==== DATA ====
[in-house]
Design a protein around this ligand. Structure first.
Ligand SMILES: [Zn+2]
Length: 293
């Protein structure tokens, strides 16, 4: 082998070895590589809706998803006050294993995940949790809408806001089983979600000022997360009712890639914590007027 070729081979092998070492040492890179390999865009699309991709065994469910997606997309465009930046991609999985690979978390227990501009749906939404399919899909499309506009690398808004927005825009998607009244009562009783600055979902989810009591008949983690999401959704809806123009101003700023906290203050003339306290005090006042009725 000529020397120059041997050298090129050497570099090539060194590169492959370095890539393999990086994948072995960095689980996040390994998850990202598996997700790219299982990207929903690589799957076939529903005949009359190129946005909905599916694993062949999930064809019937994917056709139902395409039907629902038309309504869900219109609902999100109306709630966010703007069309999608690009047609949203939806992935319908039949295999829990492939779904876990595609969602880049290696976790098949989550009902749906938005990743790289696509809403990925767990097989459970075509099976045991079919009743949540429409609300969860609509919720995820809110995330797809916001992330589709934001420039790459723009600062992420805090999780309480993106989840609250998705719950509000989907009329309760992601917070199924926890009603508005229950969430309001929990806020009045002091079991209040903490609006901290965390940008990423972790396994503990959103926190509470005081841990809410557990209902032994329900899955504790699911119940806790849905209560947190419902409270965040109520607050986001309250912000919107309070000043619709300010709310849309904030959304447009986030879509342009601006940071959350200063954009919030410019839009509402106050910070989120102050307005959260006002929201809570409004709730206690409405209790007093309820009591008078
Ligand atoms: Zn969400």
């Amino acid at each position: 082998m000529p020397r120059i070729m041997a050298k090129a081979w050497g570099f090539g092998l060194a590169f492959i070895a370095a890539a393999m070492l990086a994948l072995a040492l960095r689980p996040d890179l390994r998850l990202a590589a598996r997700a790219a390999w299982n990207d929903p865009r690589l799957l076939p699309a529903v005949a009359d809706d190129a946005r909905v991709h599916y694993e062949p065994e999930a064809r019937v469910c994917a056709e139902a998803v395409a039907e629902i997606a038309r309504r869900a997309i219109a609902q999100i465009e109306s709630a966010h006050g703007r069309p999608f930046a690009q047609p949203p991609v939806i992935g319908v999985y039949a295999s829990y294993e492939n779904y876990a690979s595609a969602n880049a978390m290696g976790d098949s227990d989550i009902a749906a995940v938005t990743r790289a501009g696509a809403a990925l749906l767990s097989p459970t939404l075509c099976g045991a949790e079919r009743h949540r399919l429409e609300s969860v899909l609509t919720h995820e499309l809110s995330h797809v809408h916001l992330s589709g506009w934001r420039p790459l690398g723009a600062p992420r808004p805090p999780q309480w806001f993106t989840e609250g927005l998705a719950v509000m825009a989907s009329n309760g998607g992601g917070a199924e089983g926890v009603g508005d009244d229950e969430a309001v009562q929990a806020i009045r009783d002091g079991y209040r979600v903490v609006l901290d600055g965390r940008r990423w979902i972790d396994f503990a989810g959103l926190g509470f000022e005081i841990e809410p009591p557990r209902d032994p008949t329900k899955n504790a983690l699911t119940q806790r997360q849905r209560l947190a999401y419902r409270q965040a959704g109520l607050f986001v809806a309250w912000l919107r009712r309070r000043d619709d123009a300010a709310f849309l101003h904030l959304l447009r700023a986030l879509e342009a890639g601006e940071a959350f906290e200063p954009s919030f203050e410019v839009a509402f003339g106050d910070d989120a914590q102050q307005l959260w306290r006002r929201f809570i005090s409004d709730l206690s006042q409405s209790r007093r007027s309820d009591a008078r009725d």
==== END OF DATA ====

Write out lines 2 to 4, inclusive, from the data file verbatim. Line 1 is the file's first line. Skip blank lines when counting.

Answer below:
Design a protein around this ligand. Structure first.
Ligand SMILES: [Zn+2]
Length: 293